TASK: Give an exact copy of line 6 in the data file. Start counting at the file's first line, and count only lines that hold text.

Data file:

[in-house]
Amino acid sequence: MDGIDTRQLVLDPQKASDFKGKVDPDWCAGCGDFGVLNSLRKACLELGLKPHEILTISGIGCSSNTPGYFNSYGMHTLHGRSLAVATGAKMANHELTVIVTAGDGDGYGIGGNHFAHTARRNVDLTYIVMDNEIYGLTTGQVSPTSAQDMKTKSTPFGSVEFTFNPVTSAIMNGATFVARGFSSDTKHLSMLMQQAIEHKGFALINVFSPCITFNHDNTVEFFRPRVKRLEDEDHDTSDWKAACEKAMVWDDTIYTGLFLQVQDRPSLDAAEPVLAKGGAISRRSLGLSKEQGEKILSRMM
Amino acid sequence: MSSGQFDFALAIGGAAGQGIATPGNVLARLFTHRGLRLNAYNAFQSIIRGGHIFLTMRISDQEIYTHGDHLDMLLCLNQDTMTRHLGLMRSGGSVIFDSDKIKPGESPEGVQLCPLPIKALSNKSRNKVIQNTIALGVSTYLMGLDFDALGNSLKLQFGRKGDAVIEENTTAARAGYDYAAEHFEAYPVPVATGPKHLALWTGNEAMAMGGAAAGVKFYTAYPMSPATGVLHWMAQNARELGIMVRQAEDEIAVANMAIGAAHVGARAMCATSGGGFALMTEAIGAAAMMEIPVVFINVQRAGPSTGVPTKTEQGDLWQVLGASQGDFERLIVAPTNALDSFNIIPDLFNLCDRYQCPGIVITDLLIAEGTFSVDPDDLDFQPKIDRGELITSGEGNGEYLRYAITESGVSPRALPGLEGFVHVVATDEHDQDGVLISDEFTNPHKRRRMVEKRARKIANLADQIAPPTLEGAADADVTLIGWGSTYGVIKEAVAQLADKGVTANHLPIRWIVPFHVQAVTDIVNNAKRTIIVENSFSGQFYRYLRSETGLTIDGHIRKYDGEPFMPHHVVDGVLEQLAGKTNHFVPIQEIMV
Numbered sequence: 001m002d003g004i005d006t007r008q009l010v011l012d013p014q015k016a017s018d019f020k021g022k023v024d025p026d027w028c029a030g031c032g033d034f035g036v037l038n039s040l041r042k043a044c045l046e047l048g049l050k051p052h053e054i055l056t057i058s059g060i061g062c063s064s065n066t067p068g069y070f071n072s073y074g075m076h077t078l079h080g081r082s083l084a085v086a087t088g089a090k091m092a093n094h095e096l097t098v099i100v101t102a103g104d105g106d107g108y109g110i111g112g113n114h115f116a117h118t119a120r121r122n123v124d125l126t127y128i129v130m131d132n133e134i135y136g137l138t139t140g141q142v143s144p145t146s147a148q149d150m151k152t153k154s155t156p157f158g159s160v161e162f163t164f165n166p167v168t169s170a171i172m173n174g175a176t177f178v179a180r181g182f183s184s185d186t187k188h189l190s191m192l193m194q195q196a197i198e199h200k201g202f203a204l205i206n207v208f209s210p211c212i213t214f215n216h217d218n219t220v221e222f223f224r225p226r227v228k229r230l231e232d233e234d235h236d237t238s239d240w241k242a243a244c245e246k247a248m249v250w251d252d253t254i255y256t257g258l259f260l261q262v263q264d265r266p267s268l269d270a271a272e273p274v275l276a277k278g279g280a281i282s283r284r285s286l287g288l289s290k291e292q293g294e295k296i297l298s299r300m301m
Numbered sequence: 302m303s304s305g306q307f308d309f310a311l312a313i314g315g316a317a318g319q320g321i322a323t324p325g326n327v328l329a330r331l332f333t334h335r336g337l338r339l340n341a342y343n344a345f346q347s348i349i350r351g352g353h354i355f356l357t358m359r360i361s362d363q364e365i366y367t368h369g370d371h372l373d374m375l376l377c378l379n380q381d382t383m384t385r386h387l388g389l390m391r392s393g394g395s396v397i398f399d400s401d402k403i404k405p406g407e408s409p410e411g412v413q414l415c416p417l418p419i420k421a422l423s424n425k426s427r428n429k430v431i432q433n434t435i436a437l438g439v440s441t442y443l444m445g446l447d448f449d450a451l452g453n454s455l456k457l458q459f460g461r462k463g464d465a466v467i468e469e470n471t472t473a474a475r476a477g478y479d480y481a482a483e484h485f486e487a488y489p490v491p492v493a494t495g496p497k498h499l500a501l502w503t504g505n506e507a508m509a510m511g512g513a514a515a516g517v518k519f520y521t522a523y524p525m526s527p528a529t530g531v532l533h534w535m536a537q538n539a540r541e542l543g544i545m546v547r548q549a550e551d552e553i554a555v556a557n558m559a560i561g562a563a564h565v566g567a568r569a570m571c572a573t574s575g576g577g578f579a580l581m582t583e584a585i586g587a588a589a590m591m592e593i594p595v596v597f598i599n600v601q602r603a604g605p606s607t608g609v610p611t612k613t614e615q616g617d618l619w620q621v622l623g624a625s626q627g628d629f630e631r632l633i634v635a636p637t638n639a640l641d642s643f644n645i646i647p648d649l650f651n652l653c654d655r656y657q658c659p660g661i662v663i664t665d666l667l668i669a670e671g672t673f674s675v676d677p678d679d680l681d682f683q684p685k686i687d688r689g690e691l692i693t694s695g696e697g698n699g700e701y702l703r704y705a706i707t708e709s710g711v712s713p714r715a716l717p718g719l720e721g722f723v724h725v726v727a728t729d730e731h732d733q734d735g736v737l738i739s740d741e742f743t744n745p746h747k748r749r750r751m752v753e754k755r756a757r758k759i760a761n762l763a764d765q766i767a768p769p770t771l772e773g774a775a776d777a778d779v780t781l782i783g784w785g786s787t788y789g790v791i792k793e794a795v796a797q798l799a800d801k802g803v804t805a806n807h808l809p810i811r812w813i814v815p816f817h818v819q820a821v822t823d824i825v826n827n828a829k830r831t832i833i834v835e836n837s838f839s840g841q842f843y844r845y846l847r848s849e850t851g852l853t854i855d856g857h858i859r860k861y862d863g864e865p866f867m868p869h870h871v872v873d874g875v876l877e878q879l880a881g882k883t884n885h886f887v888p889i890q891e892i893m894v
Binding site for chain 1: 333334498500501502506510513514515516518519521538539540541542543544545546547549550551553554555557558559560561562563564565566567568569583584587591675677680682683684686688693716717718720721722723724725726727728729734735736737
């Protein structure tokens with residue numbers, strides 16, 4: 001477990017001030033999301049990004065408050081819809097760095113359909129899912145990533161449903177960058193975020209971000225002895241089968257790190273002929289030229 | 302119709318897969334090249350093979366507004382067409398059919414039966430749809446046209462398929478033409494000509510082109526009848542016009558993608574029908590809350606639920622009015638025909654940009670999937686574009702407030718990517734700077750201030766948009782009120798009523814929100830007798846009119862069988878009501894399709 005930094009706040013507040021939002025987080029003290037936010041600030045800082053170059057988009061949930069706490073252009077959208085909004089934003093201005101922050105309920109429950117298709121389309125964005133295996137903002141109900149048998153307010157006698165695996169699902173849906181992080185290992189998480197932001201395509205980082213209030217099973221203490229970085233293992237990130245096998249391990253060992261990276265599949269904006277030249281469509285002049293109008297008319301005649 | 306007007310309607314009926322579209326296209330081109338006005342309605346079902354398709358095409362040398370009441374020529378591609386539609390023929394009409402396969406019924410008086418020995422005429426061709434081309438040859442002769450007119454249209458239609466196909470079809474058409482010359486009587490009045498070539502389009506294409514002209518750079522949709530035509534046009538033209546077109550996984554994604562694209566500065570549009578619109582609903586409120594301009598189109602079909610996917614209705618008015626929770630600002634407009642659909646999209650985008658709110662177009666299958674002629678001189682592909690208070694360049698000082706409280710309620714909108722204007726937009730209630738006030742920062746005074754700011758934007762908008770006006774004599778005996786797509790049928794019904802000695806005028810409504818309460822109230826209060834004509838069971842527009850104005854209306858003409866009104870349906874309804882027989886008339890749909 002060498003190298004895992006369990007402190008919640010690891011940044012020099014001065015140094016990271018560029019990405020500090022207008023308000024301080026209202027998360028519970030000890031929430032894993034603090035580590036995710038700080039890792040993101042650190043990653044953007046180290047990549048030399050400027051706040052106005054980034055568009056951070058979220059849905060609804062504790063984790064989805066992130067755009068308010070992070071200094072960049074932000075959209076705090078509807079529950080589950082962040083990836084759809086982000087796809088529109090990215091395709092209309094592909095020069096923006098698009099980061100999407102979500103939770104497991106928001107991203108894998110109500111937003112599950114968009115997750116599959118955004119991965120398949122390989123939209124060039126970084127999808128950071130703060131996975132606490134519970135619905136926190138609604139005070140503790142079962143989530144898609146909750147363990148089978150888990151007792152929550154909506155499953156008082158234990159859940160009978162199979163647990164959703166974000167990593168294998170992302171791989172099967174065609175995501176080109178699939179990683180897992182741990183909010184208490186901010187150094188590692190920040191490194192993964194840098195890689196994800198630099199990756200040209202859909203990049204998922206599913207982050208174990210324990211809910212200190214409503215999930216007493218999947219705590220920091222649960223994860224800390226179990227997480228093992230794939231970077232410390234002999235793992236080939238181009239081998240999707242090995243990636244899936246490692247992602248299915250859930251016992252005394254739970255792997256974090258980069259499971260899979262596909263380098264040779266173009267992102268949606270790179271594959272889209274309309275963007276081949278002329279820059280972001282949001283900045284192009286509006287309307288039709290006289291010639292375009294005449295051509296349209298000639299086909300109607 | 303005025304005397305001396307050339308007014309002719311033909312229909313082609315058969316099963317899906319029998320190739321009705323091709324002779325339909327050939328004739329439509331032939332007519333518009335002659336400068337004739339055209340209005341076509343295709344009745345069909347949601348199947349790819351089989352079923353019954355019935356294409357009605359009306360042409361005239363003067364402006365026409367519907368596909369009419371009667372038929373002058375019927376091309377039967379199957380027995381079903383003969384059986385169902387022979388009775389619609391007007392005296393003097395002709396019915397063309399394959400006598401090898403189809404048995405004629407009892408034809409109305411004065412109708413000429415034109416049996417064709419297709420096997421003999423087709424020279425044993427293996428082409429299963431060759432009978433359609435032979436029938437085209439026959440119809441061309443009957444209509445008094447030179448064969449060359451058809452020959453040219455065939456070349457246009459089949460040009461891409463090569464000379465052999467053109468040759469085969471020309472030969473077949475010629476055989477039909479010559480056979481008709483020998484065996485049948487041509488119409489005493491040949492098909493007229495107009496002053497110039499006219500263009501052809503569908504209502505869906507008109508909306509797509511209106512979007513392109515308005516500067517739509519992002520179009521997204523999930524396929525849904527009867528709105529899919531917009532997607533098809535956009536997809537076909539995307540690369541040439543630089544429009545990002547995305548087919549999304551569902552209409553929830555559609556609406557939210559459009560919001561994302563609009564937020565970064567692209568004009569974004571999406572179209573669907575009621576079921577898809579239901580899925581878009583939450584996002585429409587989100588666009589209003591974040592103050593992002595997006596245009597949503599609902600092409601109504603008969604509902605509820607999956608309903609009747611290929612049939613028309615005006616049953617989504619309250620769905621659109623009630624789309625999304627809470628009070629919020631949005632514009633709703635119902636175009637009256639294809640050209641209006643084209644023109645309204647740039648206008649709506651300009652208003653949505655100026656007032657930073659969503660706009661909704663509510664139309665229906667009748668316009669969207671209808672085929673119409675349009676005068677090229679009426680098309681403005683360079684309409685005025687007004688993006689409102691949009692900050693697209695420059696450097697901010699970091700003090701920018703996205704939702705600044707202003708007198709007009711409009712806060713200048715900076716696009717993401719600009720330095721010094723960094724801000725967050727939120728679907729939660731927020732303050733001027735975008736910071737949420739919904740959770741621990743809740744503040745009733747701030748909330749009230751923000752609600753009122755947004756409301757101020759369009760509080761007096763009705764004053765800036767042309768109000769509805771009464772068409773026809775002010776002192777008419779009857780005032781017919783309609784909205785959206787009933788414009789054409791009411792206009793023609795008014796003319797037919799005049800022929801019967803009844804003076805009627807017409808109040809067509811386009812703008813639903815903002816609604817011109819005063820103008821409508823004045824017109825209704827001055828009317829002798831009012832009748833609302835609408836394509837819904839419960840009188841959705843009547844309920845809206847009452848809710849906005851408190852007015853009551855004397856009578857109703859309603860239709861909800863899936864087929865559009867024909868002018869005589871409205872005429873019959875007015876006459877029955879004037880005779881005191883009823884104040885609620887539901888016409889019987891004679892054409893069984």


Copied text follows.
Binding site for chain 1: 333334498500501502506510513514515516518519521538539540541542543544545546547549550551553554555557558559560561562563564565566567568569583584587591675677680682683684686688693716717718720721722723724725726727728729734735736737